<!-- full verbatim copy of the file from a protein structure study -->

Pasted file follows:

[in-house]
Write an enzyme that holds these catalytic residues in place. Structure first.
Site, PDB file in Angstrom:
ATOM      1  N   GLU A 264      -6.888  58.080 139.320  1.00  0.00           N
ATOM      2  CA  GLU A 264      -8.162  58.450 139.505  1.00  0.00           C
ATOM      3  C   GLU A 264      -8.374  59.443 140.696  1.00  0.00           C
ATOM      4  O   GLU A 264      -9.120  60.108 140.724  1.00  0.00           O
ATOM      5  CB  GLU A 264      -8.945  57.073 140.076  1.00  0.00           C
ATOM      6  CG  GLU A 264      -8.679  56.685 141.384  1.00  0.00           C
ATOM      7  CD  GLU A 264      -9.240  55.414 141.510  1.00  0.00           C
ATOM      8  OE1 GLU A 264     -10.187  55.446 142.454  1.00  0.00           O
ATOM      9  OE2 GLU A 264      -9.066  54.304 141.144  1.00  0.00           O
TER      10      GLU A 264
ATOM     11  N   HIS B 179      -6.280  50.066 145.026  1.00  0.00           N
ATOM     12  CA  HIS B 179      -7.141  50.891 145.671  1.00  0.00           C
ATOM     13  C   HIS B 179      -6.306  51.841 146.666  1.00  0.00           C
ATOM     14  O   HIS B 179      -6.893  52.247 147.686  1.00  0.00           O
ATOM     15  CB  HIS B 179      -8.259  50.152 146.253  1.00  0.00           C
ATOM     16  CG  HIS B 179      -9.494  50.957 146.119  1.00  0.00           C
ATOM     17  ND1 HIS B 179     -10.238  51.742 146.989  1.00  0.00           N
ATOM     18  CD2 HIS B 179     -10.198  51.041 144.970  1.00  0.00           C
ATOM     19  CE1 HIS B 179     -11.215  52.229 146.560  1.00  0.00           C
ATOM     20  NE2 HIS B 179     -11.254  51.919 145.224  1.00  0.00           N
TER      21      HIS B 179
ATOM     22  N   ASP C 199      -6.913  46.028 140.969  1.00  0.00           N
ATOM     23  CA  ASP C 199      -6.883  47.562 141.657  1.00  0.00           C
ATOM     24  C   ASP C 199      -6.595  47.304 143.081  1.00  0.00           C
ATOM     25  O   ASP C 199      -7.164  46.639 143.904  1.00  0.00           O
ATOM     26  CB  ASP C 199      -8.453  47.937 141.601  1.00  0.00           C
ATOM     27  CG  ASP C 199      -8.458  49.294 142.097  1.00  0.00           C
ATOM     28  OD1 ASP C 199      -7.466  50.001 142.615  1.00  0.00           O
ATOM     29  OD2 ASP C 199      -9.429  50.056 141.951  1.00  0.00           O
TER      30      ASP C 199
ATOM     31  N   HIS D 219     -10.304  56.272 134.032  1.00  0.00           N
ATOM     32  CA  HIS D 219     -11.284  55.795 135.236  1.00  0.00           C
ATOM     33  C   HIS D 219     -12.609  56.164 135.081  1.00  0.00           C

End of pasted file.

[in-house]
Write an enzyme that holds these catalytic residues in place. Structure first.
Site, PDB file in Angstrom:
ATOM      1  N   GLU A 264      -6.888  58.080 139.320  1.00  0.00           N
ATOM      2  CA  GLU A 264      -8.162  58.450 139.505  1.00  0.00           C
ATOM      3  C   GLU A 264      -8.374  59.443 140.696  1.00  0.00           C
ATOM      4  O   GLU A 264      -9.120  60.108 140.724  1.00  0.00           O
ATOM      5  CB  GLU A 264      -8.945  57.073 140.076  1.00  0.00           C
ATOM      6  CG  GLU A 264      -8.679  56.685 141.384  1.00  0.00           C
ATOM      7  CD  GLU A 264      -9.240  55.414 141.510  1.00  0.00           C
ATOM      8  OE1 GLU A 264     -10.187  55.446 142.454  1.00  0.00           O
ATOM      9  OE2 GLU A 264      -9.066  54.304 141.144  1.00  0.00           O
TER      10      GLU A 264
ATOM     11  N   HIS B 179      -6.280  50.066 145.026  1.00  0.00           N
ATOM     12  CA  HIS B 179      -7.141  50.891 145.671  1.00  0.00           C
ATOM     13  C   HIS B 179      -6.306  51.841 146.666  1.00  0.00           C
ATOM     14  O   HIS B 179      -6.893  52.247 147.686  1.00  0.00           O
ATOM     15  CB  HIS B 179      -8.259  50.152 146.253  1.00  0.00           C
ATOM     16  CG  HIS B 179      -9.494  50.957 146.119  1.00  0.00           C
ATOM     17  ND1 HIS B 179     -10.238  51.742 146.989  1.00  0.00           N
ATOM     18  CD2 HIS B 179     -10.198  51.041 144.970  1.00  0.00           C
ATOM     19  CE1 HIS B 179     -11.215  52.229 146.560  1.00  0.00           C
ATOM     20  NE2 HIS B 179     -11.254  51.919 145.224  1.00  0.00           N
TER      21      HIS B 179
ATOM     22  N   ASP C 199      -6.913  46.028 140.969  1.00  0.00           N
ATOM     23  CA  ASP C 199      -6.883  47.562 141.657  1.00  0.00           C
ATOM     24  C   ASP C 199      -6.595  47.304 143.081  1.00  0.00           C
ATOM     25  O   ASP C 199      -7.164  46.639 143.904  1.00  0.00           O
ATOM     26  CB  ASP C 199      -8.453  47.937 141.601  1.00  0.00           C
ATOM     27  CG  ASP C 199      -8.458  49.294 142.097  1.00  0.00           C
ATOM     28  OD1 ASP C 199      -7.466  50.001 142.615  1.00  0.00           O
ATOM     29  OD2 ASP C 199      -9.429  50.056 141.951  1.00  0.00           O
TER      30      ASP C 199
ATOM     31  N   HIS D 219     -10.304  56.272 134.032  1.00  0.00           N
ATOM     32  CA  HIS D 219     -11.284  55.795 135.236  1.00  0.00           C
ATOM     33  C   HIS D 219     -12.609  56.164 135.081  1.00  0.00           C